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hey there, so in a msSQL database that i'm saving and retrieving from using stored procedures. i'm trying to encrypt some data in the c# windows form before being placed, and then of course decrypting it when i pull it back. all the encryption is being handled on the c# side. i'm using the sample code for encryption and decryption verbatim from microsoft's tripleDESCryptoService Class (the memory version, 2nd example). The values get encrypted and sent to the database, but when retrieving it i get a "bad data" error. a sample of the encryption call is...

TripleDESCryptoServiceProvider tDESalg = new TripleDESCryptoServiceProvider();
byte[] tempByte = new byte[100];
tempByte = encrypt(txt_Last_Name.Text, tDESalg.Key, tDESalg.IV);
txt_Last_Name.Text = System.Text.ASCIIEncoding.ASCII.GetString(tempByte);

the txt_Last_Name is then sent to the database, and i can see that there is something in the database. in the database, last name is of type varchar(20)

sample of the decryption call is...

TripleDESCryptoServiceProvider tDESalg = new TripleDESCryptoServiceProvider();
string lastName = dr.GetString(dr.GetOrdinal("Last Name"));
if (isEncrypted)
     byte[] toDecrypt = new ASCIIEncoding().GetBytes(lastName);
     lastName = decrypt(toDecrypt, tDESalg.Key, tDESalg.IV);                    
txt_Last_Name.Text = lastName;

it bombs in the decryption function at: "csDecrypt.Read(fromEncrypt, 0, fromEncrypt.Length);" and i don't understand why. i'm not sure if it's not getting stored in the database correctly, or my conversions aren't right.

if it means anything, the "Data" coming into the decrypt function is of size 16 and contains non-zero values, but the "byte[] fromEncrypt" is an array of size 16 containing all zeros.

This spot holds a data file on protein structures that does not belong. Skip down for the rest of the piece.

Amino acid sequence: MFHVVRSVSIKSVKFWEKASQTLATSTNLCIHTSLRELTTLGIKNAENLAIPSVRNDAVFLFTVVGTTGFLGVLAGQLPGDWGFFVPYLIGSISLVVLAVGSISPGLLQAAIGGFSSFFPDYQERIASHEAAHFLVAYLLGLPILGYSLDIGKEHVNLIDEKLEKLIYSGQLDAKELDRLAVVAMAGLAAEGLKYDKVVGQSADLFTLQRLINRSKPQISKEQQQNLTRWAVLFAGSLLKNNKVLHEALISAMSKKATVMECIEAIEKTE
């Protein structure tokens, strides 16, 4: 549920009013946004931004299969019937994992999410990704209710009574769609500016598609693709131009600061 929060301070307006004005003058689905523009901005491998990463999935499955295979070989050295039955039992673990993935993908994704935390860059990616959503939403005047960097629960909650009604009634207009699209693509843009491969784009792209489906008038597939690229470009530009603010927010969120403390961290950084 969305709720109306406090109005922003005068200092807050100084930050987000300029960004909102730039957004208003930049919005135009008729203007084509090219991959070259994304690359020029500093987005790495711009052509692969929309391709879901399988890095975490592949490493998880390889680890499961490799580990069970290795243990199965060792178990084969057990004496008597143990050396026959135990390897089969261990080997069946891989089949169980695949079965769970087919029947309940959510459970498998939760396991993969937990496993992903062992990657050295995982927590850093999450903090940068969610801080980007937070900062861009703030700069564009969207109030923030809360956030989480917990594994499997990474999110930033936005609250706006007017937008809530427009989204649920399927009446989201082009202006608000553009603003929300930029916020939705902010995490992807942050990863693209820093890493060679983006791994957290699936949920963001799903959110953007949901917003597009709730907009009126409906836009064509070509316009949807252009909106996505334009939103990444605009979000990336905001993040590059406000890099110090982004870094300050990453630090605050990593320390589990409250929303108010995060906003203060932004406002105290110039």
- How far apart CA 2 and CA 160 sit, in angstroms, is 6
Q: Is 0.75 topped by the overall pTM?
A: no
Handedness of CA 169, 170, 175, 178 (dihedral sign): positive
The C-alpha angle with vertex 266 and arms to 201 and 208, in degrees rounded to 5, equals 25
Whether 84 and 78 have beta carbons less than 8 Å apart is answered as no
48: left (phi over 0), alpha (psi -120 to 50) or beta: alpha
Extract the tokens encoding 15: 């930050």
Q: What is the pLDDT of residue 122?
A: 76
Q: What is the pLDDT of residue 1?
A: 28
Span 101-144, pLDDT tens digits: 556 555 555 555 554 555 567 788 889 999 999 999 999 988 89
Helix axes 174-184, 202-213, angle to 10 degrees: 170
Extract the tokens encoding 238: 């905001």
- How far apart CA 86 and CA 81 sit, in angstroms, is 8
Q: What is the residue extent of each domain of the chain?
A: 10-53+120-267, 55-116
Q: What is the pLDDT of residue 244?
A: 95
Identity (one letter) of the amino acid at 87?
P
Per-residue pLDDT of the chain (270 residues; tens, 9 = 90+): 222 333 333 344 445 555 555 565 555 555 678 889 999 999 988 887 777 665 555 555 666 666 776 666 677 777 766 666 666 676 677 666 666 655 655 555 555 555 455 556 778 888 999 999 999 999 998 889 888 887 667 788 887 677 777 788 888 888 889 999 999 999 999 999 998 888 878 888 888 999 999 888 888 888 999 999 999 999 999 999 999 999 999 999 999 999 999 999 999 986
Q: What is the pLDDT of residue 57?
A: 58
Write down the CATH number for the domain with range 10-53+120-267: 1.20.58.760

thanks for any help!

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You should not process tempByte as a Unicode string, not even as a string. –  pascal Jan 28 '11 at 17:09
TripleDES is consider as weak. You should consider using AES instead :). –  ykatchou Jan 28 '11 at 17:10

3 Answers 3

up vote 3 down vote accepted

EDIT: Okay, we've got to the bottom of it... although the ASCII issue would have bitten too.

Every time you create a new TripleDESCryptoServiceProvider and ask it for a key/IV, it will generate a new one. You need to store that securely somewhere, as it's required to decrypt the data. Otherwise you don't have any "secret" so it's not really encryption...

This is a terrible idea:

txt_Last_Name.Text = System.Text.ASCIIEncoding.ASCII.GetString(tempByte);

You've got arbitrary binary data in tempByte. Don't assume it's valid ASCII text. That's almost certainly where you're losing data.

Use Convert.ToBase64String and Convert.FromBase64String to safely encode opaque binary data as text.

Additionally, this is a bad idea:

byte[] tempByte = new byte[100];
tempByte = encrypt(txt_Last_Name.Text, tDESalg.Key, tDESalg.IV);

What's the point of creating a byte array if you're then going to ignore it? Use